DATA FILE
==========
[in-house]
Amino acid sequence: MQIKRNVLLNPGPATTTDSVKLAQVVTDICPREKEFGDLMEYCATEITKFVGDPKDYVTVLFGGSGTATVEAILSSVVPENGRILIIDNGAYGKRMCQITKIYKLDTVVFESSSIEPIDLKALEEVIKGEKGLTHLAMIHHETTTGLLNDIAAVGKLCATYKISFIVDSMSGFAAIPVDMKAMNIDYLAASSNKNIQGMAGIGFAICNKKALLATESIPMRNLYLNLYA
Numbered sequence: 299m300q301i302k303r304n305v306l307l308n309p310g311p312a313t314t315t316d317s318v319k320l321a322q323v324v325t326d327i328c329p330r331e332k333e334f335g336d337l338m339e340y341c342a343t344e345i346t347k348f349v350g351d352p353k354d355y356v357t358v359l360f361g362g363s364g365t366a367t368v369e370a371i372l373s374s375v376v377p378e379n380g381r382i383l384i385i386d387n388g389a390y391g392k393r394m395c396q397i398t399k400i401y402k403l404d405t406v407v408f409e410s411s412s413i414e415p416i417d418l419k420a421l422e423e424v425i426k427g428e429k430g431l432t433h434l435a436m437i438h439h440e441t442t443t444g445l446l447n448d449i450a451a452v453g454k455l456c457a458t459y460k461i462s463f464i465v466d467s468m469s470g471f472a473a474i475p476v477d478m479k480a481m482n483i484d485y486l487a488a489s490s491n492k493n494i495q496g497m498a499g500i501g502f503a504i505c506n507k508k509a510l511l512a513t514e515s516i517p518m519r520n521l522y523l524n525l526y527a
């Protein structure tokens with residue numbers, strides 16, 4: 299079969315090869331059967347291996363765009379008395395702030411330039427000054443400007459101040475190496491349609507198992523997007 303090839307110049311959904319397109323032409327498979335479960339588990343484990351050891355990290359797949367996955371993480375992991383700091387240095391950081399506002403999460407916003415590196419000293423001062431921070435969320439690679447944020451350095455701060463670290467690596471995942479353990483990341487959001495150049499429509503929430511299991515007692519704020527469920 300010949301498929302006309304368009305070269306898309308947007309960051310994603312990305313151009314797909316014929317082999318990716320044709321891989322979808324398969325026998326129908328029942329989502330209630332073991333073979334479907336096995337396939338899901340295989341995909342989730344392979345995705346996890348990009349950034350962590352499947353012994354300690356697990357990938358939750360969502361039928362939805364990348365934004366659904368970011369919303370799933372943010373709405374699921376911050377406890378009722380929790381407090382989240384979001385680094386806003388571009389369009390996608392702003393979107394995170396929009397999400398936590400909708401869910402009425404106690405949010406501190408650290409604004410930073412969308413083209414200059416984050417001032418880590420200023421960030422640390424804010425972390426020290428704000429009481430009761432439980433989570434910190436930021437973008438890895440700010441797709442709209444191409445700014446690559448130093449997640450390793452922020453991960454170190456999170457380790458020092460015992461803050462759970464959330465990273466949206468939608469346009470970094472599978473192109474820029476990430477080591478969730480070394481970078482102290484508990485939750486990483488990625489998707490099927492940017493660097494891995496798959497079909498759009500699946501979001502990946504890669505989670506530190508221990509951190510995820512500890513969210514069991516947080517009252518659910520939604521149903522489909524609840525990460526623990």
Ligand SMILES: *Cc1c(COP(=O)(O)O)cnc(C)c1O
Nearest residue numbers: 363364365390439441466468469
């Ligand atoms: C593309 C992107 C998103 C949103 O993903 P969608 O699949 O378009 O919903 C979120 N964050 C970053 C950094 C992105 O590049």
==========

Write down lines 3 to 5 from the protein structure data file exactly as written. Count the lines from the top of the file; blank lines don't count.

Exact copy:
Numbered sequence: 299m300q301i302k303r304n305v306l307l308n309p310g311p312a313t314t315t316d317s318v319k320l321a322q323v324v325t326d327i328c329p330r331e332k333e334f335g336d337l338m339e340y341c342a343t344e345i346t347k348f349v350g351d352p353k354d355y356v357t358v359l360f361g362g363s364g365t366a367t368v369e370a371i372l373s374s375v376v377p378e379n380g381r382i383l384i385i386d387n388g389a390y391g392k393r394m395c396q397i398t399k400i401y402k403l404d405t406v407v408f409e410s411s412s413i414e415p416i417d418l419k420a421l422e423e424v425i426k427g428e429k430g431l432t433h434l435a436m437i438h439h440e441t442t443t444g445l446l447n448d449i450a451a452v453g454k455l456c457a458t459y460k461i462s463f464i465v466d467s468m469s470g471f472a473a474i475p476v477d478m479k480a481m482n483i484d485y486l487a488a489s490s491n492k493n494i495q496g497m498a499g500i501g502f503a504i505c506n507k508k509a510l511l512a513t514e515s516i517p518m519r520n521l522y523l524n525l526y527a
């Protein structure tokens with residue numbers, strides 16, 4: 299079969315090869331059967347291996363765009379008395395702030411330039427000054443400007459101040475190496491349609507198992523997007 303090839307110049311959904319397109323032409327498979335479960339588990343484990351050891355990290359797949367996955371993480375992991383700091387240095391950081399506002403999460407916003415590196419000293423001062431921070435969320439690679447944020451350095455701060463670290467690596471995942479353990483990341487959001495150049499429509503929430511299991515007692519704020527469920 300010949301498929302006309304368009305070269306898309308947007309960051310994603312990305313151009314797909316014929317082999318990716320044709321891989322979808324398969325026998326129908328029942329989502330209630332073991333073979334479907336096995337396939338899901340295989341995909342989730344392979345995705346996890348990009349950034350962590352499947353012994354300690356697990357990938358939750360969502361039928362939805364990348365934004366659904368970011369919303370799933372943010373709405374699921376911050377406890378009722380929790381407090382989240384979001385680094386806003388571009389369009390996608392702003393979107394995170396929009397999400398936590400909708401869910402009425404106690405949010406501190408650290409604004410930073412969308413083209414200059416984050417001032418880590420200023421960030422640390424804010425972390426020290428704000429009481430009761432439980433989570434910190436930021437973008438890895440700010441797709442709209444191409445700014446690559448130093449997640450390793452922020453991960454170190456999170457380790458020092460015992461803050462759970464959330465990273466949206468939608469346009470970094472599978473192109474820029476990430477080591478969730480070394481970078482102290484508990485939750486990483488990625489998707490099927492940017493660097494891995496798959497079909498759009500699946501979001502990946504890669505989670506530190508221990509951190510995820512500890513969210514069991516947080517009252518659910520939604521149903522489909524609840525990460526623990």
Ligand SMILES: *Cc1c(COP(=O)(O)O)cnc(C)c1O